Proud and somewhat irascible, Belize's Garifunas are not lacking in reasons to be revolted. Their communities are present almost only in the south of the nation, by decree of a British governor of what would become British Honduras. This XNUMXth-century decree determined that the Garifuna would have to stick to the “bottom” of the territory, in practice so as not to mix and destabilize Belizean slaves of only African origin.

Last September, the Dandriga community came together behind the official representation of their Mayor Gilbert Swazo. They took the opportunity to accuse the country's prime minister of pettiness and remind him of the discrimination they have long been victims of, all triggered by a manager of the First Caribbean International Bank having banned the use of the Garifuna language in the bank's local branch.

Other reactions proved to be much more mediatic. Shortly after the world premiere of the saga “Pirates of the Caribbean”, the Garifunas joined the Caribbeans of Saint Vincent, Dominica and Trinidad in protest against Disney for the sequel introducing them to the world as cannibals, without which, in their view , for this there are historical foundations.

Irony of irony, many Hollywood millionaires use and abuse Belize as a bathing playground. As a rule, their incursions were along the northern coast closest to the second largest barrier reef in the world. But, with time and competition, they spread to the long peninsula of Placencia, where we have moved in the meantime.

At first, this which is the most privileged coastline in Belize almost only welcomed backpackers. Until famous personalities such as Francis Ford Coppola discovered it and began to invest there in private homes and exquisite resorts where the damage caused by the many devastating hurricanes that pass through there were demanding major repairs.

We walk the beach from end to end and take a look at the Blancaneaux' Turtle Inn that the director bought and remodeled to offer his followers an alternative of equal luxury to another one. resort Coppola brand on a northern cayo (islet).

We did not detect garifunas enjoying the vast sands between the village of Seine Bight and Placencia. Instead, American and Canadian vacationers stroll and board, staffed by local guides and helmsmen, on short snorkeling excursions in the crystal clear waters offshore, or on other shark-whale shark diving excursions in the barrier reef that is some 30km away.

But this is not the time for whale sharks, and the others are too unpredictable predators for our tastes. Guaranteed the dose of maritime relaxation we were longing for, we retrieved our backpacks at the headquarters of one such Ocean Motion and got into a boat full of Mayan women who were returning home from another day of selling their handicrafts among gringos. During most of the trip, a girl follows all the movements of our, for her fascinating, photographic action, in front of the mother who is breastfeeding her youngest child. After disembarking and an additional four hours by bus, we arrived at PG, so the Belizeans have less work to pronounce on the town of Punta Gorda.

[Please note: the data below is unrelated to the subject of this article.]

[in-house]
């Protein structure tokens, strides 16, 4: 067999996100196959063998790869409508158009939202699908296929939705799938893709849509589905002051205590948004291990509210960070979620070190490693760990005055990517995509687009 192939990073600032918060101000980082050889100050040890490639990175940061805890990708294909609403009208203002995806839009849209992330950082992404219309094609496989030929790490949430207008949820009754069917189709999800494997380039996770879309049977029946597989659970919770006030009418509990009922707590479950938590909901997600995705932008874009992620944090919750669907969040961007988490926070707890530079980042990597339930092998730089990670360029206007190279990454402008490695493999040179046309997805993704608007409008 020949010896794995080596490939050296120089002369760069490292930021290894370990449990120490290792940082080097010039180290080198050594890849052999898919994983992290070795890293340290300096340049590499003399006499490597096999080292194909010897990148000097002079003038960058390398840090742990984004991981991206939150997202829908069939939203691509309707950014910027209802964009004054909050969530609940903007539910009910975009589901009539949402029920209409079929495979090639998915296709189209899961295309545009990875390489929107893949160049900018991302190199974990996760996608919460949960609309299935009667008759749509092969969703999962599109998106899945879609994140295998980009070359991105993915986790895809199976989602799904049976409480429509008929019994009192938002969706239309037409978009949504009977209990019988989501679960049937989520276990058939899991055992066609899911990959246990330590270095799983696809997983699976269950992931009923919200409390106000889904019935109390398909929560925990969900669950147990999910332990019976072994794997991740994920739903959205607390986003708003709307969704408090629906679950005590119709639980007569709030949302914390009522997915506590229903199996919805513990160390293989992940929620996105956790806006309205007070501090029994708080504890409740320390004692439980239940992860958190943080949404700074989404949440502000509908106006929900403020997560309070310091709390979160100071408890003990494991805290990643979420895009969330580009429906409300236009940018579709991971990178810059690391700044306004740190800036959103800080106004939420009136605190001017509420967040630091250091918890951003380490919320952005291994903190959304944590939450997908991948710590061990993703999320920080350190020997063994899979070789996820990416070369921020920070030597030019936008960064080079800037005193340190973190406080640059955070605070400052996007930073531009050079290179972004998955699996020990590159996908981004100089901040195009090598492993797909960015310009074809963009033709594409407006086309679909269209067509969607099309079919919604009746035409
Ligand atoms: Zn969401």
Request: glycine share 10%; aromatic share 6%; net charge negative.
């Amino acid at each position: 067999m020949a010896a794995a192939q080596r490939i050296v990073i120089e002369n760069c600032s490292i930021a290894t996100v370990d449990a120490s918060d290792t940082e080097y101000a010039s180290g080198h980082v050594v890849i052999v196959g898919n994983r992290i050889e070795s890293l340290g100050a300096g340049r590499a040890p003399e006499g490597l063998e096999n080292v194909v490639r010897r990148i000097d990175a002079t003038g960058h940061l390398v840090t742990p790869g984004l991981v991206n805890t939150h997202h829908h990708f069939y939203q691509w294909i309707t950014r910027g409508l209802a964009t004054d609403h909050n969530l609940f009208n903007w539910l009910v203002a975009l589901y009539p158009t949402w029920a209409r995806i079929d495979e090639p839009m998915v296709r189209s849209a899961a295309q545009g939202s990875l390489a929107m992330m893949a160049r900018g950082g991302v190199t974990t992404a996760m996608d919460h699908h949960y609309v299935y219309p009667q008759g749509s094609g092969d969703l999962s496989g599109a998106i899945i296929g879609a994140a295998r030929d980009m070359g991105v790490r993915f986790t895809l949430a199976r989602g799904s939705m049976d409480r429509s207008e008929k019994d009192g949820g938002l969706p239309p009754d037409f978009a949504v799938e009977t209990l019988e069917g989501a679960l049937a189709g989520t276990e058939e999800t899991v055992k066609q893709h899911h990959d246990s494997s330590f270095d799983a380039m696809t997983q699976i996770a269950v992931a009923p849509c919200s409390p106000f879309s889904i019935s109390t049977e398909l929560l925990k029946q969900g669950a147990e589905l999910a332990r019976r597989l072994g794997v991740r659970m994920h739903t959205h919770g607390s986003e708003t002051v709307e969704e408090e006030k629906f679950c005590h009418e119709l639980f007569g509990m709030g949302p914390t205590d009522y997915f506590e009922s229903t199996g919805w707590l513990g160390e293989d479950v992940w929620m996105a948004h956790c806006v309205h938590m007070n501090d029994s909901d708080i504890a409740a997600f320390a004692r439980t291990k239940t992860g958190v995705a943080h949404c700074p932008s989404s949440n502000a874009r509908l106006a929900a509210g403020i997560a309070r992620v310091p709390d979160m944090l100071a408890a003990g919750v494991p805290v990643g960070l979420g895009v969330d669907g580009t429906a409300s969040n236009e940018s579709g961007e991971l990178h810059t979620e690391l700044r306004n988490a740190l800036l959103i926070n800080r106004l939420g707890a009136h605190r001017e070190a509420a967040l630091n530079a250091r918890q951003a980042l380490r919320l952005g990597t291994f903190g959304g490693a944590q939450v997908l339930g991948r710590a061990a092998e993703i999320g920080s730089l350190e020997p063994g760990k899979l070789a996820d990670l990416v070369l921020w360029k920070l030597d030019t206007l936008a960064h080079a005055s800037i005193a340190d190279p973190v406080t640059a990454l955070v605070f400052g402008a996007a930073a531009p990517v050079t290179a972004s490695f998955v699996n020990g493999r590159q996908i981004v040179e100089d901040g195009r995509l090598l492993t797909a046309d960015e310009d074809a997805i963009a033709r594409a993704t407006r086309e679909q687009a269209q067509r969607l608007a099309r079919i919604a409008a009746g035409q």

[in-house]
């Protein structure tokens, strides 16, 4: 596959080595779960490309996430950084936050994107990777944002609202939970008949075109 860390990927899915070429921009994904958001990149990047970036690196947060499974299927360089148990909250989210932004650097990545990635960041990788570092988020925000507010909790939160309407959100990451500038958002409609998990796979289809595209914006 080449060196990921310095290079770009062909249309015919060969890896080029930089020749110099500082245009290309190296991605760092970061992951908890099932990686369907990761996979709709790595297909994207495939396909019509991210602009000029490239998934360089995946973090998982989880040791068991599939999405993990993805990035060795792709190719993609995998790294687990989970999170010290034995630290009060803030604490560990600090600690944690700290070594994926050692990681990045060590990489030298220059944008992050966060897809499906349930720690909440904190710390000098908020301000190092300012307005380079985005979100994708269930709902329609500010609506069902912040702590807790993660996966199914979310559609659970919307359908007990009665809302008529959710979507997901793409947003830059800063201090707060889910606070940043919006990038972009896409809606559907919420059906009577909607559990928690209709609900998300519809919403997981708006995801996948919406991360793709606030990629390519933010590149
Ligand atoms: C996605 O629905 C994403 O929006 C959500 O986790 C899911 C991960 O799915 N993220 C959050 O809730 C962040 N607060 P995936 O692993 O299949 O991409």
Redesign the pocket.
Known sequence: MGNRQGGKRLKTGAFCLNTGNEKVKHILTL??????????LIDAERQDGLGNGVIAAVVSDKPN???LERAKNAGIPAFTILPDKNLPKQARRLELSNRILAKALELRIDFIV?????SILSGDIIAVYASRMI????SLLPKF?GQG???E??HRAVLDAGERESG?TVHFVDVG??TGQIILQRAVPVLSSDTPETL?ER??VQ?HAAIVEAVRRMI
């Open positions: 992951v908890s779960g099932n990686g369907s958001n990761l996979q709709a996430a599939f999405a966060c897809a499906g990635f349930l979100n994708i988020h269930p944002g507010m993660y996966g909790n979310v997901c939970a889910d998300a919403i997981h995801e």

We had reached the southern edge of Belize and the damp and jungle perpetuated an alliance that no investor had yet managed to break. We were once again in Black Caribbean territory, but the location on the border with its southern neighbor gave the village a strong Belizean multiethnicity. On these sides, Americans, British and Canadians who teach or work in humanitarian organizations coexist. In much larger numbers, Belizeans Creoles, Chinese, Indians, Maya Kekchi and Mopan. We still slept a night in the peace of cosmopolitan PG. At dawn, we sailed first to Livingston, then to the Dulce River, both sheltered in a luxuriant marine nook that was already Guatemalan but, for a while longer, still Garifuna.

Island of Goreia, Senegal

A Slave Island of Slavery

Were several millions or just thousands of slaves passing through Goreia on their way to the Americas? Whatever the truth, this small Senegalese island will never be freed from the yoke of its symbolism.”

Amberris Caye, Belize

Belize's Playground

Madonna sang it as La Isla Bonita and reinforced the motto. Today, neither hurricanes nor political strife discourage VIP and wealthy vacationers from enjoying this tropical getaway.

Lake Cocibolca, Nicaragua

sea, sweet sea

Indigenous Nicaraguans treated the largest lake in Central America as Cocibolca. On the volcanic island of Ometepe, we realized why the term the Spaniards converted to Mar Dulce made perfect sense.

Cahuita, Costa Rica

Dreadlocked Costa Rica

Traveling through Central America, we explore a Costa Rican coastline as much as the Caribbean. In Cahuita, Pura Vida is inspired by an eccentric faith in Jah and a maddening devotion to cannabis.
Corn Islands - Islas del Maíz , Nicaragua

pure caribbean

Perfect tropical settings and genuine local life are the only luxuries available in the so-called Corn Islands or Corn Islands, an archipelago lost in the Central American confines of the Caribbean Sea.